News

An alternative to the selfish person - the authors of the Science Article of the Year tell how the unleashing of climate change can be prevented

Climate anxiety is deepening, but the researchers honoured for the Science Article of the Year 2018 in the Aikuiskasvatus (adult education) journal are not giving up.
Kuvassa näkyy Maria Joutsenvirta.
PhD (Econ.) Maria Joutsenvirta

“The future can be made, if there is a will to act. We wanted to challenge ourselves to open-mindedly identify values and deeds resulting from values by which a good future can be built,” says Arto O. Salonen, Assistant Professor at the University of Eastern Finland. 

In their article “Vauraus ja sivistys yltäkylläisyyden ajan jälkeen” (prosperity and education after a period of abundance) Salonen and the second author of the article, researcher Maria Joutsenvirta from the Aalto University's Sustainability in Business Research group, show how a good future can be realised. Let’s go to 2050.  

By then, societies are supposed to be carbon-neutral. Salonen and Joutsenvirta believe that the Nordic welfare societies can be pioneers in the global sustainability challenge.  

“It’s important to combine aspects of education, upbringing and economics to broaden understanding of what progress fundamentally means for welfare societies like Finland,” says Joutsenvirta. 

In their article, the two point the way to progress, which avoids narrow financial definitions and opens a comprehensive view on aspiring to a good life.   

The researchers challenged citizens and politicians to a dialogue about the future 

Salonen actively participates in discussions about society. There is a reason for that.  

“We are the last generation that can still prevent the unleashing of accelerating climate change. Ensuring good continuation motivates us every day to seek out solutions,” he explains.  

The researchers are also challenging both citizens and politicians to engage in dialogue about the future. 

“Discussion based on confrontation and argument depresses people and makes them anxious. To deal with these matters, society needs more collective spaces based on listening. It’s good that a culture of dialogue and discussion is being strengthened,” says Joutsenvirta.  

An important and humane science text  

The editors of Aikuiskasvatus thanked the authors for creating an image of society in which the individual can connect his/her own life to something greater than him/herself, and for seeking an alternative to the selfish homo economicus who is only interested in maximising his/her own material benefit.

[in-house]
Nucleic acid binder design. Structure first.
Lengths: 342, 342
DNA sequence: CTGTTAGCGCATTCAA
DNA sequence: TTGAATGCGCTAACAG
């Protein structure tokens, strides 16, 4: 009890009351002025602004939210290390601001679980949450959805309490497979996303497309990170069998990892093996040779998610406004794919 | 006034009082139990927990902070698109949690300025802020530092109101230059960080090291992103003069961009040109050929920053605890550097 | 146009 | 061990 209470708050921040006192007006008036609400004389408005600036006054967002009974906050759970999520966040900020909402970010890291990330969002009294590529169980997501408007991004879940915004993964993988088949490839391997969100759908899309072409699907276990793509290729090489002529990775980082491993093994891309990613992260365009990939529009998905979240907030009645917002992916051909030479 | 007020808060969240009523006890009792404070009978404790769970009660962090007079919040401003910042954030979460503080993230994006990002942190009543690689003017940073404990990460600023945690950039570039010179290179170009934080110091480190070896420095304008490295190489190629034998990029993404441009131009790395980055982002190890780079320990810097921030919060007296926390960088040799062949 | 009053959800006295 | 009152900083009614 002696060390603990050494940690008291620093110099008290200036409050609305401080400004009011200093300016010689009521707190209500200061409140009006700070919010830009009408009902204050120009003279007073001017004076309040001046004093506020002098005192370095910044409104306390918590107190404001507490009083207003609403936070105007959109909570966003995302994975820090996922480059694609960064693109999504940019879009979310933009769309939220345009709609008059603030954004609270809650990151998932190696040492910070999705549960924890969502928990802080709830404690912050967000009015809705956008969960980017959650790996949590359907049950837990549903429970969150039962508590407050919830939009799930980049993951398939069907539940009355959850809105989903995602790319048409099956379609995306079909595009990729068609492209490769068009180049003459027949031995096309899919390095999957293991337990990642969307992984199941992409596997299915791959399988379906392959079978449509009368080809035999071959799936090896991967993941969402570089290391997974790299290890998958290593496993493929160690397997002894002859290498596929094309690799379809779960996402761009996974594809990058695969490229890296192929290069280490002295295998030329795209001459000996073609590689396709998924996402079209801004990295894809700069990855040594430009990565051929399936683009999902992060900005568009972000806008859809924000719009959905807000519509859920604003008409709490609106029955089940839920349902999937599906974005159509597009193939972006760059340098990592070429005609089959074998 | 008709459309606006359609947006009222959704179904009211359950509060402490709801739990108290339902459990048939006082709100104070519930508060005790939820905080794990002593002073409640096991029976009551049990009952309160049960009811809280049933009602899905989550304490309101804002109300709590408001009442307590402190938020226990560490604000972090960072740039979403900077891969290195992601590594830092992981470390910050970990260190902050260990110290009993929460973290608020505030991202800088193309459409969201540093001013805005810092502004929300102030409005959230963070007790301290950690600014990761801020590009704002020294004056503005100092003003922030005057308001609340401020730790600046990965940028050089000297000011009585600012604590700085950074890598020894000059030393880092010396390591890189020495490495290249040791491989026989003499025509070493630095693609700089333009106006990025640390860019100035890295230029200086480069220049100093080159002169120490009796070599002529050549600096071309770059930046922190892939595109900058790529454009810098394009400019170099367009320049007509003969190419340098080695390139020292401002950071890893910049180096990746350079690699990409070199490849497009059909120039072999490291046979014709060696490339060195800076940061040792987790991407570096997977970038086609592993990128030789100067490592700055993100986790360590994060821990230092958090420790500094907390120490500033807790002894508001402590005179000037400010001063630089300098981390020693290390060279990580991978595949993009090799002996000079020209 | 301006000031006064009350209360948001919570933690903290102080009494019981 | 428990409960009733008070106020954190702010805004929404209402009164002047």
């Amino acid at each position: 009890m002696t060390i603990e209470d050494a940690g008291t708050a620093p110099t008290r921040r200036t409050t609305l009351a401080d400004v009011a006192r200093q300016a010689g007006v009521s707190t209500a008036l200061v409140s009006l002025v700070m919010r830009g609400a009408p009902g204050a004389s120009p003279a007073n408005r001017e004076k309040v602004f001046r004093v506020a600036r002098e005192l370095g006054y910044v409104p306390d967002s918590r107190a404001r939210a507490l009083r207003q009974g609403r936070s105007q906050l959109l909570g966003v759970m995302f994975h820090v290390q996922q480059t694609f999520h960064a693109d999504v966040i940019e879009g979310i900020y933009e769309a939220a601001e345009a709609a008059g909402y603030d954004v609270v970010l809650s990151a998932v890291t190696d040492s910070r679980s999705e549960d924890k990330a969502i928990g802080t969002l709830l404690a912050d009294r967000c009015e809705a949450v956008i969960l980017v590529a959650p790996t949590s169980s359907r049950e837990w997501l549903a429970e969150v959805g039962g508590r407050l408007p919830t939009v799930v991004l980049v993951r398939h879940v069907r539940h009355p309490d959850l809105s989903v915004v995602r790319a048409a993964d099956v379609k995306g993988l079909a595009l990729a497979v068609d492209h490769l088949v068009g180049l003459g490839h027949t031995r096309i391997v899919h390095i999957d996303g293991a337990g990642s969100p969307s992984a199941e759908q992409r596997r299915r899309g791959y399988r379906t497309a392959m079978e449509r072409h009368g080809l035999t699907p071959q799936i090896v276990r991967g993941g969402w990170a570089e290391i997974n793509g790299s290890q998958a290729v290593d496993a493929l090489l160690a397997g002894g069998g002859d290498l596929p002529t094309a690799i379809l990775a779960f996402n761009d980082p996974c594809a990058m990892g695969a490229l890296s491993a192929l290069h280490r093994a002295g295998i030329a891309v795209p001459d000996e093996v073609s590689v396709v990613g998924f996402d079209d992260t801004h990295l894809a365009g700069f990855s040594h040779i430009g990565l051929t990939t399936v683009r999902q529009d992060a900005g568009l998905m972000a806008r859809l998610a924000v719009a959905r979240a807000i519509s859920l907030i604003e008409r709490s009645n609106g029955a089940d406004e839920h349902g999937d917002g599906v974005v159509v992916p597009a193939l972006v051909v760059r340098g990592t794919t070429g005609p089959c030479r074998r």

The article was considered important in terms of its subject matter, humanely written and scientifically convincing. It carries convincing philosophical reflection. The honour of Science Article of the Year 2018 was awarded on 15 February in Helsinki. 

More information:

PhD (Econ.) Maria Joutsenvirta
[email protected] 

Salonen AO, Joutsenvirta M. Vauraus ja sivistys yltäkylläisyyden ajan jälkeen. Aikuiskasvatus 2/2018. In Finnish.
https://aikuiskasvatus.fi/wp-content/uploads/2019/02/vuoden_2018_tiedeartikkeli_salonen_joutsenvirta_vauraus_yltäkylläisyyden_jälkeen.pdf  

 

  • Published:
  • Updated:
Share
URL copied!

Related news

Rosegbach. Photo: Daniel Viviroli.
Press releases Published:

A quarter of the world’s lowland population depends critically on mountain water resources

Global water consumption has increased almost fourfold in the past 100 years, and many regions can only meet their water demand thanks to essential contributions from mountain regions
250 ilmastotekoa
Studies Published:

Simple yet effective ways to act on climate change – tips for everyday life

Author and Creative Sustainability student Rinna Saramäki and AaltoSDG mobile application encourage everyone to take action to mitigate climate change.
AaltoSDG 2.0
Campus Published:

Updated version of AaltoSDG is out

Share, rate and see your impact – here’s everything you need to know about AaltoSDG mobile application’s new update.
gas flow
Press releases, Research & Art Published:

Joint project seeks low-emission industrial solutions

Converting electricity into another form of energy and then back into electricity can be applied to the production of synthetic fuels, chemicals and the edible proteins known as 'electric' foods.